Existing CCS PoliciesImage Courtesy of: Flickr User cloudsoup 



Most existing federal and state CCS policies fall into one or more of the following categories:



  • Polices that promote new CCS technology.  These policies include R & D as well as funding for demonstration projects.


  • Policies to establish how future CCS projects should be regulated.  These policies govern construction, operation or closure of CCS projects. 


  • Policies that commercialize wider deployment of CCS either directly through mandates or incentives, or indirectly through climate policy aimed at reducing carbon dioxide emissions.



Existing Federal CCS Policies



Below are three major tax credits aimed specifically at CCS.  The credits are identified by the section of the tax code where they are found.



§48A: Power Sector Tax Credits:

Provides a 20 percent investment tax credit for certified qualifying advanced coal projects using integrated gasification combined cycle technology (IGCC) and a 15 percent investment tax credit for certified qualifying advanced coal projects other than IGCC. These credits were established in the National Energy Policy Act of 2005.


§48B: Industrial Gasification Tax Credits.

Provides investment tax credits for certified industrial gasification projects. These credits were established in the National Energy Policy Act of 2005.


§45Q: The program is capped at 75 million metric tons. EOR is eligible for $10/ton of CO2 and saline injection is eligible for $20/ton. The 'Emergency Economic Stabilization Act of 2008' created a new carbon dioxide sequestration credit which provides a tax credit for each of qualified CO2 that is captured and disposed of in secure geological storage or used for enhanced oil or natural gas recovery project.




Federal Loan Guarantees


Federal loan guarantees lower financial risks so that private investment can flow into energy projects.  They can do this for CCS in two important situations:


  1. For projects that use new technology, they reduce the financial risks that arise from technical uncertainty.
  2. For large projects, they address the financial risks of scale, lowering financial risks that would prevent investors from making multi-billion dollar investments in a project.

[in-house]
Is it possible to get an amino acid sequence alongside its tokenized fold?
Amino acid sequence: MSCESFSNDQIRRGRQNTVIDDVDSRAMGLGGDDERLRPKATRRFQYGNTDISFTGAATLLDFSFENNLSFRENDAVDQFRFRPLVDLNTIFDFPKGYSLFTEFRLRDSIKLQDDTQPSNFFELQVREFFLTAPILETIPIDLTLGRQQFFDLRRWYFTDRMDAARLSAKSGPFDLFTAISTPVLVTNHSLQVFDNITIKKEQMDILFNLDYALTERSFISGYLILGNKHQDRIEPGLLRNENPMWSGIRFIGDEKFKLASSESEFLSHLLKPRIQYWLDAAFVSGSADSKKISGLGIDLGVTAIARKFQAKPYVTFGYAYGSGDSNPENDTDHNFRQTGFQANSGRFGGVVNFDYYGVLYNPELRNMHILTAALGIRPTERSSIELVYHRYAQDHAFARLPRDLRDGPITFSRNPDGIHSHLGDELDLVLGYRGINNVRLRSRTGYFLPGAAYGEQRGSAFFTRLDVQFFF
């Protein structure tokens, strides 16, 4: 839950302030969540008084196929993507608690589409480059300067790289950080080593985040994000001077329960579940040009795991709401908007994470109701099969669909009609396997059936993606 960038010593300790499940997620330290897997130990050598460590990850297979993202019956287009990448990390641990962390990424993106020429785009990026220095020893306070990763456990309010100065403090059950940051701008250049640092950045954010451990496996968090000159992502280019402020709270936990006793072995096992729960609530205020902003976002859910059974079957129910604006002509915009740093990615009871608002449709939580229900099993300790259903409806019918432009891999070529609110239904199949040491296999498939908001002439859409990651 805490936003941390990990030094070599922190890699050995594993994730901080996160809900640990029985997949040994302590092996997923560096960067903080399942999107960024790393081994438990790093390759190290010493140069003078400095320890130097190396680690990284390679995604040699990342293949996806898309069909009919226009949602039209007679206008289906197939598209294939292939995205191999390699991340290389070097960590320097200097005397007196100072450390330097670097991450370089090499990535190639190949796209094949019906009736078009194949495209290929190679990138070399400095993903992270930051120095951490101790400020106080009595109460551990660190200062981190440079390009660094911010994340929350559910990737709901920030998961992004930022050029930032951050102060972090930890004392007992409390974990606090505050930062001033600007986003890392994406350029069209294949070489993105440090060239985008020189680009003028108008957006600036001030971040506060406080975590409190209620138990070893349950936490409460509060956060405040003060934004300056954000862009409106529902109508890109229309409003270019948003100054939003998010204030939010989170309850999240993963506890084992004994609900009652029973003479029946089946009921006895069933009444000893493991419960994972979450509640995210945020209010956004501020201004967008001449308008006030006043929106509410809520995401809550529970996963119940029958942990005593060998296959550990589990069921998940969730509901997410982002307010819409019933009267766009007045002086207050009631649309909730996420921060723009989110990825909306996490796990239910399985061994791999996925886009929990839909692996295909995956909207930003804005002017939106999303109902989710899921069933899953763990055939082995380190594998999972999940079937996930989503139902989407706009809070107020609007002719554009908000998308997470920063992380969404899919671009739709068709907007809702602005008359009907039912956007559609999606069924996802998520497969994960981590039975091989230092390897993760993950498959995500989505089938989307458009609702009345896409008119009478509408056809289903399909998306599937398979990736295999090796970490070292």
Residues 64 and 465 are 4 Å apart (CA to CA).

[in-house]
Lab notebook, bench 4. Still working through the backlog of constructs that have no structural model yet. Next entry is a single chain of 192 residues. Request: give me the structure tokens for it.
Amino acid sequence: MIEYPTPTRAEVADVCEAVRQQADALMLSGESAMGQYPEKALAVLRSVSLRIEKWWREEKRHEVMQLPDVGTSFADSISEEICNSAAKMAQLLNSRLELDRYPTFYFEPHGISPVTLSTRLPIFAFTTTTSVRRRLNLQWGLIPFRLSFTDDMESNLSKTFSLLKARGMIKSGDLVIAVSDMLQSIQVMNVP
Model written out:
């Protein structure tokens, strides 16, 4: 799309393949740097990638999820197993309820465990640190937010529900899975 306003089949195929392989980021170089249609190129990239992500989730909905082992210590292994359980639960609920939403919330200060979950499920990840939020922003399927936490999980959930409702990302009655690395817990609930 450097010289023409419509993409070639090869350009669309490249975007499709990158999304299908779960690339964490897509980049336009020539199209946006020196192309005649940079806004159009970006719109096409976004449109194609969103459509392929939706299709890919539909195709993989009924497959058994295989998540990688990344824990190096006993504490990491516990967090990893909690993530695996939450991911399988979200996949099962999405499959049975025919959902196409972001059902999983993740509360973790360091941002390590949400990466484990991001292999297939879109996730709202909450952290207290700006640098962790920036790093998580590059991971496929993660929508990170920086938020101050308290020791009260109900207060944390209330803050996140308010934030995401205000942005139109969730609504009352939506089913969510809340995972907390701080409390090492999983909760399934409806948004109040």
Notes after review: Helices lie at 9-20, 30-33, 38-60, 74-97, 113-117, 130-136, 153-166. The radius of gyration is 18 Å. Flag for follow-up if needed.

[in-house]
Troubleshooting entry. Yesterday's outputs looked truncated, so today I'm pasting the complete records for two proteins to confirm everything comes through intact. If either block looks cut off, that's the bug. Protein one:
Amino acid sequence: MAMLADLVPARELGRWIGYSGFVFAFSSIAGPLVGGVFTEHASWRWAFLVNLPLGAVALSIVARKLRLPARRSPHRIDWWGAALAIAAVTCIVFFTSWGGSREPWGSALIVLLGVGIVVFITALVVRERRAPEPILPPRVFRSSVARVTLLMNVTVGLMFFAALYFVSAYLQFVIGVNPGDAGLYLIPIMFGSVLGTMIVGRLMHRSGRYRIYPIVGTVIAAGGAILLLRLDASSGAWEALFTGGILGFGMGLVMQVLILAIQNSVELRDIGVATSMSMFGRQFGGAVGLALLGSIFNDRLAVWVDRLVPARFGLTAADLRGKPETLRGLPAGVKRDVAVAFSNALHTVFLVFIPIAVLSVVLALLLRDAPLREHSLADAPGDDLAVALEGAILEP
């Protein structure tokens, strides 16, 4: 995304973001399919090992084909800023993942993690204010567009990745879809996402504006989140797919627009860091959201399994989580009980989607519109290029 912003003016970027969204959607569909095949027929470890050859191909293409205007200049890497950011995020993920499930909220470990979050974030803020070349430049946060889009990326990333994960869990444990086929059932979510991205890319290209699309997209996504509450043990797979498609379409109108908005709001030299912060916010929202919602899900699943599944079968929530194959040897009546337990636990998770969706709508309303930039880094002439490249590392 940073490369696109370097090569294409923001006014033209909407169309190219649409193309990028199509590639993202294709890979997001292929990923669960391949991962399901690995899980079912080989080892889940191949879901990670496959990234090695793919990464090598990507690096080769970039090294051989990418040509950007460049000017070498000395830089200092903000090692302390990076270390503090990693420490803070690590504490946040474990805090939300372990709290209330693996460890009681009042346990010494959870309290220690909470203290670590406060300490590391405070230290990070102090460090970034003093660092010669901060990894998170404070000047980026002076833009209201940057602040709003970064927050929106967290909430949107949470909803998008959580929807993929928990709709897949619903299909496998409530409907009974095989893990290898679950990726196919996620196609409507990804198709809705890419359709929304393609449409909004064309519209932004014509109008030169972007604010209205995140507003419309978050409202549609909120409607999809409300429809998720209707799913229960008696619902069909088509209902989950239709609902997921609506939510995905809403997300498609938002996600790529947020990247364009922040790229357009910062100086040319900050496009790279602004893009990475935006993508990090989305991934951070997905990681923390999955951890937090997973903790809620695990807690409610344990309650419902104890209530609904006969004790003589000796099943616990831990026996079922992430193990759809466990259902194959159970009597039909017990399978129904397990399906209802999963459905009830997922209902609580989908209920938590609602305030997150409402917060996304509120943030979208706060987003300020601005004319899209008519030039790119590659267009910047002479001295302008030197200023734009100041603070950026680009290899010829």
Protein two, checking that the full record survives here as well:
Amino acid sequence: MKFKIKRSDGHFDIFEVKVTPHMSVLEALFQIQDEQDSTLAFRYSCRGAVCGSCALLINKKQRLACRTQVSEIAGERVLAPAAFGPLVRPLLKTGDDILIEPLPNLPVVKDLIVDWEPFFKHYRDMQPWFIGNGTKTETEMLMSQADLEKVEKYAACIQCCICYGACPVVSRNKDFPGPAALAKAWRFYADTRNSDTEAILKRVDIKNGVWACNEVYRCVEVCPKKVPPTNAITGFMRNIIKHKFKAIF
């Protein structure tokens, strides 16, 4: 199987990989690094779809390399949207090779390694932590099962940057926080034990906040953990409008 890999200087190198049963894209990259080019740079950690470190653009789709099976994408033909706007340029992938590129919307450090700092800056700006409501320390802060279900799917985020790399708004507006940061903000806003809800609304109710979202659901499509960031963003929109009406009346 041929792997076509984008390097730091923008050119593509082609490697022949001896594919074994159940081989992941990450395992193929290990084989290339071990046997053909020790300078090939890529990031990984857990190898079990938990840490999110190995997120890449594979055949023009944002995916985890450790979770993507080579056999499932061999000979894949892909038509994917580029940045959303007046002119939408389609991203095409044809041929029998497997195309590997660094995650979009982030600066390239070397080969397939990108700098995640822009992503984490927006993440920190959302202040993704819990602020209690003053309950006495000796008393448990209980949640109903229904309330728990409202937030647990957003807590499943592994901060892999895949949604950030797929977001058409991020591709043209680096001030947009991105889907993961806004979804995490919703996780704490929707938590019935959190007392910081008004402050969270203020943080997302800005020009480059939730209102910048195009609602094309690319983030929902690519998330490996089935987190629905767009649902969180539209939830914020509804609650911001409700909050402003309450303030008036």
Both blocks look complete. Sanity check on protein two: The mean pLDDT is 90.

There is a risk to the government that a project could default on a loan, but one advantage of a loan guarantees is that they are less expensive than grants or tax credits and the increase the likelihood that the project developers will secure a loan because of the government guarantee to the lenders that they will be repaid. By the early summer of 2010, the Department of Energy (DOE) had issued loan guarantees for a total 13 clean energy projects. [1]


Title XVII of Energy Policy Act of 2005 provides incentives for a wide array of new energy technologies.   For CCS projects, the guarantees include:



  • $6 billion allocated to coal‐based power generation and industrial gasification facilities that incorporate carbon capture and sequestration (CCS) or other beneficial uses of carbon


  • A loan guarantee for a loan can cover no more than 80% of the total Project Cost.


  • Projects must meet the criteria of Title XVII of the Energy Policy Act of 2005, meaning projects must reduce, sequester, or avoid air pollutants or anthropogenic greenhouse gas emissions; deploy new or significantly improved technology; and demonstrate a reasonable prospect of repayment


Read more about loan guarantees for clean energy.




Matching Grants – The Clean Coal Power Initiative (CCPI)


CCPI is a 10-year, $2 billion matching grant program aimed at demonstrating cleaner coal technologies, including CCS.  Grants are awarded competitively with the private sector providing at least 50% costs of the project.  


Since 2002, 18 projects have been selected by DOE .  Three projects have been completed and seven are still under active development.  DOE’s National Energy Technology Laboratory administers the CCPI program.  Nearly all of the funds allocated by Congress to the program has been assigned to projects.  CCS projects awarded grants in the program include:


Round 1

Demonstration of Integrated Optimization Software at the Baldwin Energy Complex (Complete)


Round 2

Mesaba Energy Project (Active) 


Round 3

American Electric Power (AEP) Project (Inactive)

Hydrogen Energy California (HECA) Project (Active)

NRG Energy Project (Active)

Summit Texas Clean Energy Project (Active)



Read more about the CCPI program.




Regulating CCS


Monitoring Measurement and Verification (MMV)


When CCS could be installed on plants—Best Available Control Technology (BACT)


The Clean Air Act requires new or modified pollution sources such as industrial facilities and power plants to meet Best Available Control Technology (BACT) requirements.  Until recently, these requirements did not address carbon dioxide.  Now however, consideration of greenhouse gases (including CO2) is being phased in:


  • Effective Jan 2, 2011, large sources that must obtain air permits for other pollutants and also  could emit 75,000 tons of CO2 equivalent per year and must address CO2 in the permits.